A new study by the European Investment Bank (EIB) shows that firms in the Netherlands have few concerns about the long-term effects of climate change. The firms in question say that the main reason for this is that in the recent past they have already invested significantly in climate adaptation or mitigation measures. While firms often state that they expect to see major changes in the climate system, they seem to still lag behind in devising a strategy to deal with them. However, the Netherlands is at the head of the pack in terms of climate investments made so far, according to the EIB’s 2020 Investment Survey.


The study, which was conducted by the EIB’s Economics Department, further indicates that Dutch small and medium-sized enterprises (SMEs) still face barriers in access to financing, especially in the services sector. This is accompanied by a marked decline in investments due to the continuing COVID-19 crisis. The survey, conducted among 480 firms in the Netherlands at the end of 2020, further reveals that around 44% of them expect to invest less in 2021 than in previous years. In this context, a clear distinction should be made between large firms (50%) and SMEs (39%). Furthermore, 32% of firms who had investment plans say they intend to cancel or postpone their plans. The full report can be read on the EIB website.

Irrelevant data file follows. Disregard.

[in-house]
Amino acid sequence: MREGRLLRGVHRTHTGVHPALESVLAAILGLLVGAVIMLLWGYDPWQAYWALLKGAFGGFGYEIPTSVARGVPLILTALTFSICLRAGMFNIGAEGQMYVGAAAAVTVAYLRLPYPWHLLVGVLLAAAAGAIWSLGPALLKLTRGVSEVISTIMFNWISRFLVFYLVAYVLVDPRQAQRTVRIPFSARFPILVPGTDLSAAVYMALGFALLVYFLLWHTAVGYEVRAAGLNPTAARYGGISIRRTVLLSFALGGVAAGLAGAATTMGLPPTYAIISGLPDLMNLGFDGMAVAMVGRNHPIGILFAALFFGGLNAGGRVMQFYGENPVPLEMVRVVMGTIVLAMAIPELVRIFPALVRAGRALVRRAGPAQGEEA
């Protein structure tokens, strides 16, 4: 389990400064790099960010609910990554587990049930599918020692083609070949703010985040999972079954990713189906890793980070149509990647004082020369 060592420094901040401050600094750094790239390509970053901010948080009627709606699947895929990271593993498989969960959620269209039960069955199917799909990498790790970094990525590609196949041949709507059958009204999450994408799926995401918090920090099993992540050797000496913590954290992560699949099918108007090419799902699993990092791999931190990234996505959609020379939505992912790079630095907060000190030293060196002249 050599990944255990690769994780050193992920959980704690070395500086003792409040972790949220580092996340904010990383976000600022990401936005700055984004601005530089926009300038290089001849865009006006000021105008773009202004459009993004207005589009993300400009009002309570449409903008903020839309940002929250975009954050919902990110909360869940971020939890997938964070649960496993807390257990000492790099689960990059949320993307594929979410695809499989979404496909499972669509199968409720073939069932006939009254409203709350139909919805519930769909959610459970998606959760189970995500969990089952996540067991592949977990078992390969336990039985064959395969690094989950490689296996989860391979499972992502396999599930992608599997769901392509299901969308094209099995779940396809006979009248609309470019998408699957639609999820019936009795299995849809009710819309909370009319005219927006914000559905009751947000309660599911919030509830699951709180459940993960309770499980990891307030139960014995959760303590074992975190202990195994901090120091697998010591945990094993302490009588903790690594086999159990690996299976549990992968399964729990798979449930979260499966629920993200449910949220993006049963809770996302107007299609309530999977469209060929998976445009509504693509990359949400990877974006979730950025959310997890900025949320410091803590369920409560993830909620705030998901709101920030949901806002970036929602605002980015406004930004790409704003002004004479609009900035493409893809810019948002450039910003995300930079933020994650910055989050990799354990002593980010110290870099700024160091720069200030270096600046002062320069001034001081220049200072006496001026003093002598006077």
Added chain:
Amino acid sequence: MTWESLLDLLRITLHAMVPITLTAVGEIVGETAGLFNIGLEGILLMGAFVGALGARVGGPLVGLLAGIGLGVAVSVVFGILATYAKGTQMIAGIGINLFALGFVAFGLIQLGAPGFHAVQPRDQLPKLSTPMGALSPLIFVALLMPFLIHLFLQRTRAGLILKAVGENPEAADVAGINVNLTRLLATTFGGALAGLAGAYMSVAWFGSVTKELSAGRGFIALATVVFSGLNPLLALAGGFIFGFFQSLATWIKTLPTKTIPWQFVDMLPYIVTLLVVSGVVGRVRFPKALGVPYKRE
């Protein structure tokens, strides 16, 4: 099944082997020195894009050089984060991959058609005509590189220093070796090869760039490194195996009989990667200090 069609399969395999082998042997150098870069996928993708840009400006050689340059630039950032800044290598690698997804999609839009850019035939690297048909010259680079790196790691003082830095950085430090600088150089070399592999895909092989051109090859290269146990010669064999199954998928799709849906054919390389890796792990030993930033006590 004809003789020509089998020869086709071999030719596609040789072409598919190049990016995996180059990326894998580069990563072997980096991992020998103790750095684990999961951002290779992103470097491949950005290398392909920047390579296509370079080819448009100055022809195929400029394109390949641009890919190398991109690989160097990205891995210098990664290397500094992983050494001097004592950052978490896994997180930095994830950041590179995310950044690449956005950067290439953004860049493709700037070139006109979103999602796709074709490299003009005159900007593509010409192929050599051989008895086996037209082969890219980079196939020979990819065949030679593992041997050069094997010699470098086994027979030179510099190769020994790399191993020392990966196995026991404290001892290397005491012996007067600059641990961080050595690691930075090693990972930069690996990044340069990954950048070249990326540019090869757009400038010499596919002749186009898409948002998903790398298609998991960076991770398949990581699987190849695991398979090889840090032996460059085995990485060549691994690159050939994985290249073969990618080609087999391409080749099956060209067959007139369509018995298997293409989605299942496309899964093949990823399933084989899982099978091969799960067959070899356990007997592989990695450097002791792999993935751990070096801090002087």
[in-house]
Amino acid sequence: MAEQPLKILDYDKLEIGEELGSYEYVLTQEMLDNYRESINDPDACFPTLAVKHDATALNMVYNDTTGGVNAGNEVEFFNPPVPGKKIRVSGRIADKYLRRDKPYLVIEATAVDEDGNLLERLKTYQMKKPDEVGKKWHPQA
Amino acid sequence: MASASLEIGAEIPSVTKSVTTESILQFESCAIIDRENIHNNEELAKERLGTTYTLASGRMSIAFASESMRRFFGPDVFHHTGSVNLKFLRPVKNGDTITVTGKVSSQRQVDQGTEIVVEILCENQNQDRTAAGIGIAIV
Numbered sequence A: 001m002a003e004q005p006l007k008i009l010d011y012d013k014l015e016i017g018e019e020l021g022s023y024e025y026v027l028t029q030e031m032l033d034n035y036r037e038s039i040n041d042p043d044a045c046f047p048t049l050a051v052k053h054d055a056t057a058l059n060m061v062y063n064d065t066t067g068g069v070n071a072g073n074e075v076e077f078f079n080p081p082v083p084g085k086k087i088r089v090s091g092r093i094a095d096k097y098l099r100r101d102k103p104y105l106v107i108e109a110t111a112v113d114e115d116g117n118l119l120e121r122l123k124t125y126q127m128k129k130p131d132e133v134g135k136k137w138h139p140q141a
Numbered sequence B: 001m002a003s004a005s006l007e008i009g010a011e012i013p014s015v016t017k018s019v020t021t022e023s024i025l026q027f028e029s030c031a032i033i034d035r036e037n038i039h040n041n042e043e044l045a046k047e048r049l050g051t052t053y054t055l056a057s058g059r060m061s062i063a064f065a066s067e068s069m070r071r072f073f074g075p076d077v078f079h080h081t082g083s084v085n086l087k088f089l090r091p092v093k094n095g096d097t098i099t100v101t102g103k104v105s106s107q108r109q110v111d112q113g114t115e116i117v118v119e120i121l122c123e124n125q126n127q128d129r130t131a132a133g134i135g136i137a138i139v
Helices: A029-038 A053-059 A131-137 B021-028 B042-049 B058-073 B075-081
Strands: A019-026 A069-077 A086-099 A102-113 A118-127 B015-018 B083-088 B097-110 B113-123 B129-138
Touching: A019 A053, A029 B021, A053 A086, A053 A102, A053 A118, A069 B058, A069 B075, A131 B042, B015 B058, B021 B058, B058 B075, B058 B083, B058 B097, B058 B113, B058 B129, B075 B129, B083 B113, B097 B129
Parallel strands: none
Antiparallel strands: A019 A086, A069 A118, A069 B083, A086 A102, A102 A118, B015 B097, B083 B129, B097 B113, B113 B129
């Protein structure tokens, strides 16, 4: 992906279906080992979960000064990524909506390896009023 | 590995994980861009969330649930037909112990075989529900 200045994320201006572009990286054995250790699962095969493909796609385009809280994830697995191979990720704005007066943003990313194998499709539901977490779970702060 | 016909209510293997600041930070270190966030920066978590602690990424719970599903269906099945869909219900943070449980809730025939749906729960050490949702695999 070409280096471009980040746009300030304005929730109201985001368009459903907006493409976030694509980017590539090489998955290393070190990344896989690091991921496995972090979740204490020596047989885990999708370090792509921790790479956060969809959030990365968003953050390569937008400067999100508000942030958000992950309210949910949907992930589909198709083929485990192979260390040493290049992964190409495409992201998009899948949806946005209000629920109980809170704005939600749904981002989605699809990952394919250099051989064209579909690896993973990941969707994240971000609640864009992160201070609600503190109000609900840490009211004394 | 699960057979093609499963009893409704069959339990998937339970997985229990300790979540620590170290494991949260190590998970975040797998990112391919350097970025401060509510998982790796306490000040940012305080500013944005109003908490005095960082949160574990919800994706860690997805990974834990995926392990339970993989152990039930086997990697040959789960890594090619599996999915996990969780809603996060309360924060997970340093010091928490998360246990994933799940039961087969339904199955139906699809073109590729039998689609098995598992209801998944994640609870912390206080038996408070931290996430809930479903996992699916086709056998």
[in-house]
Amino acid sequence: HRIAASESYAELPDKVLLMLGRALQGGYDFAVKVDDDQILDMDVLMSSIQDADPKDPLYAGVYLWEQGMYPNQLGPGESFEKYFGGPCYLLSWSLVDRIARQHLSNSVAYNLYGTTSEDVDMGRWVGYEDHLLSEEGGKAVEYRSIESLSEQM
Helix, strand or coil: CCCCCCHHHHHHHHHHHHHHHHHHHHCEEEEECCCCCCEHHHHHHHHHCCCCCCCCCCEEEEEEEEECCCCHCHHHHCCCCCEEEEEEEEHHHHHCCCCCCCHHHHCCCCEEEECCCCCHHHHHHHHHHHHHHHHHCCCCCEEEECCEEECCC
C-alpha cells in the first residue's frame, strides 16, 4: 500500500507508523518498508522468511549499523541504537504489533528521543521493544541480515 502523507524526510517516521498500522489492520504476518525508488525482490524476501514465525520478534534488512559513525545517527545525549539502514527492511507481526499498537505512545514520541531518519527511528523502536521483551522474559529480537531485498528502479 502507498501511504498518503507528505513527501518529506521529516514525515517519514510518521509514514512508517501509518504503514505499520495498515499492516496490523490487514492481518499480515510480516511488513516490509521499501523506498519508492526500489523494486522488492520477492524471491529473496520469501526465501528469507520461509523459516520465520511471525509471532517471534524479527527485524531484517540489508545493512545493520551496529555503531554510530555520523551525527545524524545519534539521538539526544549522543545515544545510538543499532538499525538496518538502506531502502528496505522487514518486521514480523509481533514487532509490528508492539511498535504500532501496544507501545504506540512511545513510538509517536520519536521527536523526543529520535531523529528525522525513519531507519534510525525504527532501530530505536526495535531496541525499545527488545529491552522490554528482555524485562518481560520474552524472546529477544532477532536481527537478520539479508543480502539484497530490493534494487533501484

Kris Peeters, EIB vice-president representing the Benelux countries, said: “The EIB Investment Survey gives a clear picture of the challenges facing firms in the Netherlands today. The pandemic is clearly having an impact on the investment climate, and action is needed both at local and EU level to overcome this uncertainty. A positive aspect is that firms in the Netherlands have already heavily invested in the fight against climate change, but the effects of global warming should not be underestimated, especially in the Netherlands. The EIB will continue to help wherever it can by financing projects that have a positive impact on the climate.”

One area where the Netherlands is clearly ahead of the rest of Europe and the United States is digitalisation. The report indicates, among other things, that firms in the Netherlands are well advanced in integrating innovative technologies, such as artificial intelligence, 3D printing, and the internet of things, into their operations, as compared to their counterparts in the other countries.

Background information:

The European Investment Bank is the EU credit institution for long-term loans. The Bank’s shares are owned by the Member States – the Netherlands holds slightly more than 5% – allowing the Bank to borrow money on the capital market at very favourable rates. The EIB provides long-term financing for solid investments that contribute to the EU policy for sustainable growth, employment and climate. Last year, the EIB made available nearly €2.5 billion for Dutch projects in healthcare, SMEs and energy efficiency. The EIB Investment Survey was conducted among 480 firms in the Netherlands and 12 500 firms across the European Union, as well as a number of firms in the United Kingdom, the United States and China.